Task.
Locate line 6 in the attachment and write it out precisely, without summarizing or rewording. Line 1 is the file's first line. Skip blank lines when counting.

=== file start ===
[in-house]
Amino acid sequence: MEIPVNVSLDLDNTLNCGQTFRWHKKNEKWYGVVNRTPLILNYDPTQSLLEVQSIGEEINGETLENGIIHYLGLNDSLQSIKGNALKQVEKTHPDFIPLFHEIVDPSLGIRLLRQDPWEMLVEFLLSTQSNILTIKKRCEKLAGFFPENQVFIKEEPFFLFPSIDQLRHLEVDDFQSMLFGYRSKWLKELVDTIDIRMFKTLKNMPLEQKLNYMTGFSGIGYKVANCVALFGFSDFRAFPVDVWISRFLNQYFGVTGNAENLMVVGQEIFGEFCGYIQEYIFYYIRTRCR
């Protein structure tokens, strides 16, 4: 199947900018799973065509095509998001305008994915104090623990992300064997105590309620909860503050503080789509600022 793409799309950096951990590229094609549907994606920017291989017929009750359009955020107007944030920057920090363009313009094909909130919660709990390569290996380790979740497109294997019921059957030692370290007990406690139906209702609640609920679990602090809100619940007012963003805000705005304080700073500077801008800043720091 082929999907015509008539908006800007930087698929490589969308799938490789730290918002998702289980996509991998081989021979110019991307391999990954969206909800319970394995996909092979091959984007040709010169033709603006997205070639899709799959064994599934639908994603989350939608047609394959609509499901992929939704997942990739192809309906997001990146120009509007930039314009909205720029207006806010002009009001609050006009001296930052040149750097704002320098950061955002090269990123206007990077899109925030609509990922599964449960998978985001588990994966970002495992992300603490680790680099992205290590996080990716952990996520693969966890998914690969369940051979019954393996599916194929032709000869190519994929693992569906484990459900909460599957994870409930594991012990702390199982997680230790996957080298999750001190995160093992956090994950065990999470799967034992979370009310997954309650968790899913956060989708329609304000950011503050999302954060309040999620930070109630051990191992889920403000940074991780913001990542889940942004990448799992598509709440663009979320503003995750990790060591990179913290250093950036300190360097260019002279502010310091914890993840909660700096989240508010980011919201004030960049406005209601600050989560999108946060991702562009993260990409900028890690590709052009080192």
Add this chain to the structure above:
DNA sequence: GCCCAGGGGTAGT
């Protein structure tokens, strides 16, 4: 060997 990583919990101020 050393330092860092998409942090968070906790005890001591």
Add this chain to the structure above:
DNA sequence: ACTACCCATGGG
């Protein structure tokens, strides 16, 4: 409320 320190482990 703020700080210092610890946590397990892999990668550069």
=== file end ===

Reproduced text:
């Protein structure tokens, strides 16, 4: 060997 990583919990101020 050393330092860092998409942090968070906790005890001591």